Obama unveils an “all-out, all of the above” energy strategy. But is it really “all of the below”? Just election talk? Is ginning up a bioeconomy shelved for a year, or just a week?
Meanwhile, hopeful news from Novozymes and the World Economic Forum.
In Washington, President Barack Obama gave his State of the Union speech, and dashed hopes and expectations of a revival strategy for US industry through encouraging growth of the bioeconomy. His annual presidential address became the first in a number of years to avoid any mention of biofuels, ethanol, the bioeconomy, or biotechnology.
In a speech which mentioned jobs 32 times, the high-export, high-productivity US agriculture sector also failed to score a single mention. The closest the president came to mentioning biofuels was in touting that US oil imports were at their lowest point in 16 years – without mentioning that the key factor in that import achievement was the rise in domestic biofuels production.
Instead, the president proceeded to embrace an “all out, all of the above” energy strategy – focusing on an intense increase in domestic oil and natural gas production, and borrowing the “all of the above” phrase which, until recently, was most closely associated with conservative Texas Republican, Gov. Rick Perry.
The centerpiece of his strategy? Natural gas. “We have a supply of natural gas that can last America nearly 100 years. And my administration will take every possible action to safely develop this energy. Experts believe this will support more than 600,000 jobs by the end of the decade,” the president said.
Clean energy? The president opted to give up on hopes for legislation (except for a one-line exhortation for Congress to renew the Section 1603 tax credits that are used for wind and solar development), and focused on authorizing permits for 10 GW of renewable power production on federal land – that’s equivalent to about 1% of US power production capacity.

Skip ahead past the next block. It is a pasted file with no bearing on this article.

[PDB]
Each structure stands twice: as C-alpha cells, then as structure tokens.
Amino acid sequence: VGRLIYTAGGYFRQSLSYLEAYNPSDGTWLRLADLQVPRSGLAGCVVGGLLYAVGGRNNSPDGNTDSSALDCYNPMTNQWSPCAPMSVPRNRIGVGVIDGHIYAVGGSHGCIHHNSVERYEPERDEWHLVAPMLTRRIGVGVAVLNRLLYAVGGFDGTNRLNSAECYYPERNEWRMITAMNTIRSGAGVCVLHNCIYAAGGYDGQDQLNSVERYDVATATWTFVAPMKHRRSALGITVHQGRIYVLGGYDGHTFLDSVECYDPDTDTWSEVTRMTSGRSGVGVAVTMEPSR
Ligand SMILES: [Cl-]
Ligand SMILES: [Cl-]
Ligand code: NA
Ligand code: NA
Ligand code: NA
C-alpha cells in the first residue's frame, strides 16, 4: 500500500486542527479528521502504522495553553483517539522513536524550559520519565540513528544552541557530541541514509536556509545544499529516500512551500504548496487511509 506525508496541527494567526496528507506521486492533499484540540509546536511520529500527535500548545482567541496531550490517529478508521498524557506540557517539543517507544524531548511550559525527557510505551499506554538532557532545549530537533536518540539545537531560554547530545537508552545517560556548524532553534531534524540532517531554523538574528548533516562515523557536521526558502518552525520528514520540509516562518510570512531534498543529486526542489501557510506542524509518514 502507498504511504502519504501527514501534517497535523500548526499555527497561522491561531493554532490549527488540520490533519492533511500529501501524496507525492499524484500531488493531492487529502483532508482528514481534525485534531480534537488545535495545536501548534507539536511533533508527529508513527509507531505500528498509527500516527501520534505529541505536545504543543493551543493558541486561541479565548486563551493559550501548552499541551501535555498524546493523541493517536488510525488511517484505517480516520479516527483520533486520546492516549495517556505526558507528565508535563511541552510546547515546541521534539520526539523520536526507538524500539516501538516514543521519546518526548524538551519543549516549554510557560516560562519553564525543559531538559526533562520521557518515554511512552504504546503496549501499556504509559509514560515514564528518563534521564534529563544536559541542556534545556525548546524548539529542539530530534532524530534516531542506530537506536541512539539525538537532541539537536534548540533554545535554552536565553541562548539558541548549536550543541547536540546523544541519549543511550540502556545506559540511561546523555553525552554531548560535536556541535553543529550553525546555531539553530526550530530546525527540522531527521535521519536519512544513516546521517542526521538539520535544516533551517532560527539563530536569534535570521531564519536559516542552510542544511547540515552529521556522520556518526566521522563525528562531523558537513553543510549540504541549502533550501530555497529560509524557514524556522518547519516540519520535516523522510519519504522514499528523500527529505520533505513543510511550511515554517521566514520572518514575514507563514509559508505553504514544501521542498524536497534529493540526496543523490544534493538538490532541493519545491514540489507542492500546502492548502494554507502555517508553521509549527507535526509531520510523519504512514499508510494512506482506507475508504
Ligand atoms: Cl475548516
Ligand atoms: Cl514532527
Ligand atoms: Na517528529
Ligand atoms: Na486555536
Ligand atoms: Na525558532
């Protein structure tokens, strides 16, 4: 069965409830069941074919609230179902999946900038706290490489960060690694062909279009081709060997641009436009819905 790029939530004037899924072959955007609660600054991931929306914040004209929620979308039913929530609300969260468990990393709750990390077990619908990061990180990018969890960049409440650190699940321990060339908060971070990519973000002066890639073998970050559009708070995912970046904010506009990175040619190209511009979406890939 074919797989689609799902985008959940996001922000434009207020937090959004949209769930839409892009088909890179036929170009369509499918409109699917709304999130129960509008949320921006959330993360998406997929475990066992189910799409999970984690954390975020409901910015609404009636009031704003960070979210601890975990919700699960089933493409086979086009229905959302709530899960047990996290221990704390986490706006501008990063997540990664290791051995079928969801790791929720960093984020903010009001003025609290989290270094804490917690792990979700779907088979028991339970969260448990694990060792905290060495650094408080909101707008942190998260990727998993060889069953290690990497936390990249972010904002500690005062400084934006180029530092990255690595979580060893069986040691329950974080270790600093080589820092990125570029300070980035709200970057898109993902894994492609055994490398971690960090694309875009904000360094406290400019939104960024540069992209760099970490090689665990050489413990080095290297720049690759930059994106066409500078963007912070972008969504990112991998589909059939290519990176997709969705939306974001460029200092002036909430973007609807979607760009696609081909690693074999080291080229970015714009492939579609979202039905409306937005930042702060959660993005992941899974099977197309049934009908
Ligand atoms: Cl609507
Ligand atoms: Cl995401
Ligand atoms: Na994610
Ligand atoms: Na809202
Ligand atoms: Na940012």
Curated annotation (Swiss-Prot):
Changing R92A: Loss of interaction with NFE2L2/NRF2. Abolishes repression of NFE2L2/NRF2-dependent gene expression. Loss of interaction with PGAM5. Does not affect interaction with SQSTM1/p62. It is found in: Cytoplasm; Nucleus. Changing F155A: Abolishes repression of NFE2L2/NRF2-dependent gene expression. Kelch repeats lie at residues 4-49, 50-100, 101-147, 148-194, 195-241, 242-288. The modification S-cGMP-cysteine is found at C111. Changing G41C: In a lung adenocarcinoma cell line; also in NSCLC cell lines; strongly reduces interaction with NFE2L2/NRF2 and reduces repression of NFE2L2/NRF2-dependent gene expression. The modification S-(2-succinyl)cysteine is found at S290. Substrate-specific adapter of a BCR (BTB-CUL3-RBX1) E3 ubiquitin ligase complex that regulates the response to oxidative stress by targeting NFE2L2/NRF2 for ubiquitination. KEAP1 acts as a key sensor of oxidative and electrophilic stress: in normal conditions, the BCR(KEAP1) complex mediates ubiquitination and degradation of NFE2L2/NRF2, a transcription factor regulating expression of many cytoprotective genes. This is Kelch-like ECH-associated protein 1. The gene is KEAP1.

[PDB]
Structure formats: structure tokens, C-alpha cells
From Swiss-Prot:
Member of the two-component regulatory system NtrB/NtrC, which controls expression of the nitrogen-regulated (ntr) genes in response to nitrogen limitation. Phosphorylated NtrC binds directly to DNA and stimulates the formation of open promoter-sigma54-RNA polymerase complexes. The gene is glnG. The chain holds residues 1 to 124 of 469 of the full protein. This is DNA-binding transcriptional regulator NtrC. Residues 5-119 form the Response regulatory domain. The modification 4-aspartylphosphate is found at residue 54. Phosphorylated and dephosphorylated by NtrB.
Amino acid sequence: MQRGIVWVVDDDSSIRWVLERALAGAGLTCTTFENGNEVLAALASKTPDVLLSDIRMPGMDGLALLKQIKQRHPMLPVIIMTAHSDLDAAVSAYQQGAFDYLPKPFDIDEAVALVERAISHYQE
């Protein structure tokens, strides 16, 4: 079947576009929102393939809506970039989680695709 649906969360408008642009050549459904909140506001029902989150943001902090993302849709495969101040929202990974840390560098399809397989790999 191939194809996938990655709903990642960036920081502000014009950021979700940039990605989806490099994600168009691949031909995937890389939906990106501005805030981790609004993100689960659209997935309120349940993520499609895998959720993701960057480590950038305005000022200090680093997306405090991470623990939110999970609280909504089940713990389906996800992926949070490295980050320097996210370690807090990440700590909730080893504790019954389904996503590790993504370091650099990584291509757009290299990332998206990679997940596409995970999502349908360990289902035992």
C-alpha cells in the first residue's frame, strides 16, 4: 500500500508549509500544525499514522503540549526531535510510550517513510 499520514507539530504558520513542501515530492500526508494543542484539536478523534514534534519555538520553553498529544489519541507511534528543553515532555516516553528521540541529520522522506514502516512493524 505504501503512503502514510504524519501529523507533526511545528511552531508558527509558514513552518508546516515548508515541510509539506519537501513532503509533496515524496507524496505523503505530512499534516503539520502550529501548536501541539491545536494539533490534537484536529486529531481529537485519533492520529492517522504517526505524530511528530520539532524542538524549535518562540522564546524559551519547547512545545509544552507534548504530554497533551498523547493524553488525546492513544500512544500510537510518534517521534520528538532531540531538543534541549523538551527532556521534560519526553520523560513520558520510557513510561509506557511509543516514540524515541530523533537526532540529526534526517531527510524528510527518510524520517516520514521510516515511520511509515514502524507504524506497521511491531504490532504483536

The focus on oil & gas production was surprising as Obama Administration policy, but unsurprising as re-election strategy: removing a line of attack that the President’s opponents were planning for the 2012 election campaign.
Has the Obama Administration shifted from an “Action News” to an “All Talk” strategy – shifting from policy implementation to framing the election conversation? We think so. We expect to hear a lot more about Mitt Romney’s 14 percent tax rate this year, than about policies and programs to revive manufacturing, or deploy clean energy.
For now, whither goes biofuels? The word from Washington is that the President will unveil his Blueprint for a Bioeconomy next week – we’ll see then what the Administration has in mind for industrial biotechnology.
And now, a word from Davos: “Moving towards a next-generation ethanol economy”.
From Davos, where the World Economic Forum is gather this week, came something a little more weighty and specific than the State of the Union speech.
Bloomberg New Energy Finance launched its report “Moving towards a next-generation ethanol economy”. Commissioned by Novozymes, the report estimates the socioeconomic prospects of deploying advanced biofuels in eight of the highest agricultural-producing regions in the world, i.e. Argentina, Australia, Brazil, China, EU-27, India, Mexico and the USA.